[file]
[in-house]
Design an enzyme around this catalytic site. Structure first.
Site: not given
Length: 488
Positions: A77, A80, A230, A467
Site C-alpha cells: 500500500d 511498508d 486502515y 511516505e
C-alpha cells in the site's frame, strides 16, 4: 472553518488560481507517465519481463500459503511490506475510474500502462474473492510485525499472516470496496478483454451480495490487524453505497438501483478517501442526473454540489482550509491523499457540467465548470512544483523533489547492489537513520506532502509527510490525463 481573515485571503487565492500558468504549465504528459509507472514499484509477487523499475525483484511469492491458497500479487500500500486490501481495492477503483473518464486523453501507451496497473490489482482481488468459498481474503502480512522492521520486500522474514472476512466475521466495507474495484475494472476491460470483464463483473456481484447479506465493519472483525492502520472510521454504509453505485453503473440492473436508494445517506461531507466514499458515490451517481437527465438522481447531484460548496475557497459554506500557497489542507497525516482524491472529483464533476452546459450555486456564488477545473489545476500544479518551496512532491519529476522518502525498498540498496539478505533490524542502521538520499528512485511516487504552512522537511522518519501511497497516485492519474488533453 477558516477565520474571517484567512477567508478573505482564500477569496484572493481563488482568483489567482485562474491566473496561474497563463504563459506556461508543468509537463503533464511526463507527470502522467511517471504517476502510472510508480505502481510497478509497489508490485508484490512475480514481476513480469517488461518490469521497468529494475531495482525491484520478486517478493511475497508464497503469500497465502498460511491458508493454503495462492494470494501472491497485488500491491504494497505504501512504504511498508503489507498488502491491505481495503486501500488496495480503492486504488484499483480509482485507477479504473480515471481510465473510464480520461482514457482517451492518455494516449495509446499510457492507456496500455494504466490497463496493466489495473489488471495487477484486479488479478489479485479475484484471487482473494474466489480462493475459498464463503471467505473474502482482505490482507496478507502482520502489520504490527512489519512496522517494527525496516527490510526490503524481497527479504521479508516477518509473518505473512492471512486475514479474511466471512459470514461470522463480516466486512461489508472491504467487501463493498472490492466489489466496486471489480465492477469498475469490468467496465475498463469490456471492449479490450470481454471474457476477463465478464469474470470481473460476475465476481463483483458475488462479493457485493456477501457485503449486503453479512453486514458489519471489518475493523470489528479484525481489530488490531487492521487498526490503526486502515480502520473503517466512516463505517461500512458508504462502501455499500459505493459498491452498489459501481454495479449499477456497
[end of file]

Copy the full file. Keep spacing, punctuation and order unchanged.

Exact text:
[in-house]
Design an enzyme around this catalytic site. Structure first.
Site: not given
Length: 488
Positions: A77, A80, A230, A467
Site C-alpha cells: 500500500d 511498508d 486502515y 511516505e
C-alpha cells in the site's frame, strides 16, 4: 472553518488560481507517465519481463500459503511490506475510474500502462474473492510485525499472516470496496478483454451480495490487524453505497438501483478517501442526473454540489482550509491523499457540467465548470512544483523533489547492489537513520506532502509527510490525463 481573515485571503487565492500558468504549465504528459509507472514499484509477487523499475525483484511469492491458497500479487500500500486490501481495492477503483473518464486523453501507451496497473490489482482481488468459498481474503502480512522492521520486500522474514472476512466475521466495507474495484475494472476491460470483464463483473456481484447479506465493519472483525492502520472510521454504509453505485453503473440492473436508494445517506461531507466514499458515490451517481437527465438522481447531484460548496475557497459554506500557497489542507497525516482524491472529483464533476452546459450555486456564488477545473489545476500544479518551496512532491519529476522518502525498498540498496539478505533490524542502521538520499528512485511516487504552512522537511522518519501511497497516485492519474488533453 477558516477565520474571517484567512477567508478573505482564500477569496484572493481563488482568483489567482485562474491566473496561474497563463504563459506556461508543468509537463503533464511526463507527470502522467511517471504517476502510472510508480505502481510497478509497489508490485508484490512475480514481476513480469517488461518490469521497468529494475531495482525491484520478486517478493511475497508464497503469500497465502498460511491458508493454503495462492494470494501472491497485488500491491504494497505504501512504504511498508503489507498488502491491505481495503486501500488496495480503492486504488484499483480509482485507477479504473480515471481510465473510464480520461482514457482517451492518455494516449495509446499510457492507456496500455494504466490497463496493466489495473489488471495487477484486479488479478489479485479475484484471487482473494474466489480462493475459498464463503471467505473474502482482505490482507496478507502482520502489520504490527512489519512496522517494527525496516527490510526490503524481497527479504521479508516477518509473518505473512492471512486475514479474511466471512459470514461470522463480516466486512461489508472491504467487501463493498472490492466489489466496486471489480465492477469498475469490468467496465475498463469490456471492449479490450470481454471474457476477463465478464469474470470481473460476475465476481463483483458475488462479493457485493456477501457485503449486503453479512453486514458489519471489518475493523470489528479484525481489530488490531487492521487498526490503526486502515480502520473503517466512516463505517461500512458508504462502501455499500459505493459498491452498489459501481454495479449499477456497